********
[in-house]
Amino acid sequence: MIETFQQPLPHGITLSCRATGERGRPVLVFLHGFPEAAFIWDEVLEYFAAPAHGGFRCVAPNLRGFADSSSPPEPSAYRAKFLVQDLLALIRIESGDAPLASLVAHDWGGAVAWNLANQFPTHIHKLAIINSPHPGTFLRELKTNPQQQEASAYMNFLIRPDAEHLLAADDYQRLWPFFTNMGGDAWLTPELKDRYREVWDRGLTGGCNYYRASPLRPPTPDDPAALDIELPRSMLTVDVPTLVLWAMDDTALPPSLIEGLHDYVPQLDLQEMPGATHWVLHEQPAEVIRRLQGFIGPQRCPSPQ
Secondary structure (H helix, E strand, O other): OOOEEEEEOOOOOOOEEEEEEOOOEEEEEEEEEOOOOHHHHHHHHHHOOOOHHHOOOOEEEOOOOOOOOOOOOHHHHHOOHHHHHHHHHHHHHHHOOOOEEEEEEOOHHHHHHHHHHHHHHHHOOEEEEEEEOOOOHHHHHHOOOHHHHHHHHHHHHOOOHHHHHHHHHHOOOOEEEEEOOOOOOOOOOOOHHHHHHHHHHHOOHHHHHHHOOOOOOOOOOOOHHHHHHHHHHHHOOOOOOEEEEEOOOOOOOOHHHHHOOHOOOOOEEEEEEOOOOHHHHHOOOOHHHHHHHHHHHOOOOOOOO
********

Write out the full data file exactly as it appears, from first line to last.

[in-house]
Amino acid sequence: MIETFQQPLPHGITLSCRATGERGRPVLVFLHGFPEAAFIWDEVLEYFAAPAHGGFRCVAPNLRGFADSSSPPEPSAYRAKFLVQDLLALIRIESGDAPLASLVAHDWGGAVAWNLANQFPTHIHKLAIINSPHPGTFLRELKTNPQQQEASAYMNFLIRPDAEHLLAADDYQRLWPFFTNMGGDAWLTPELKDRYREVWDRGLTGGCNYYRASPLRPPTPDDPAALDIELPRSMLTVDVPTLVLWAMDDTALPPSLIEGLHDYVPQLDLQEMPGATHWVLHEQPAEVIRRLQGFIGPQRCPSPQ
Secondary structure (H helix, E strand, O other): OOOEEEEEOOOOOOOEEEEEEOOOEEEEEEEEEOOOOHHHHHHHHHHOOOOHHHOOOOEEEOOOOOOOOOOOOHHHHHOOHHHHHHHHHHHHHHHOOOOEEEEEEOOHHHHHHHHHHHHHHHHOOEEEEEEEOOOOHHHHHHOOOHHHHHHHHHHHHOOOHHHHHHHHHHOOOOEEEEEOOOOOOOOOOOOHHHHHHHHHHHOOHHHHHHHOOOOOOOOOOOOHHHHHHHHHHHHOOOOOOEEEEEOOOOOOOOHHHHHOOHOOOOOEEEEEEOOOOHHHHHOOOOHHHHHHHHHHHOOOOOOOO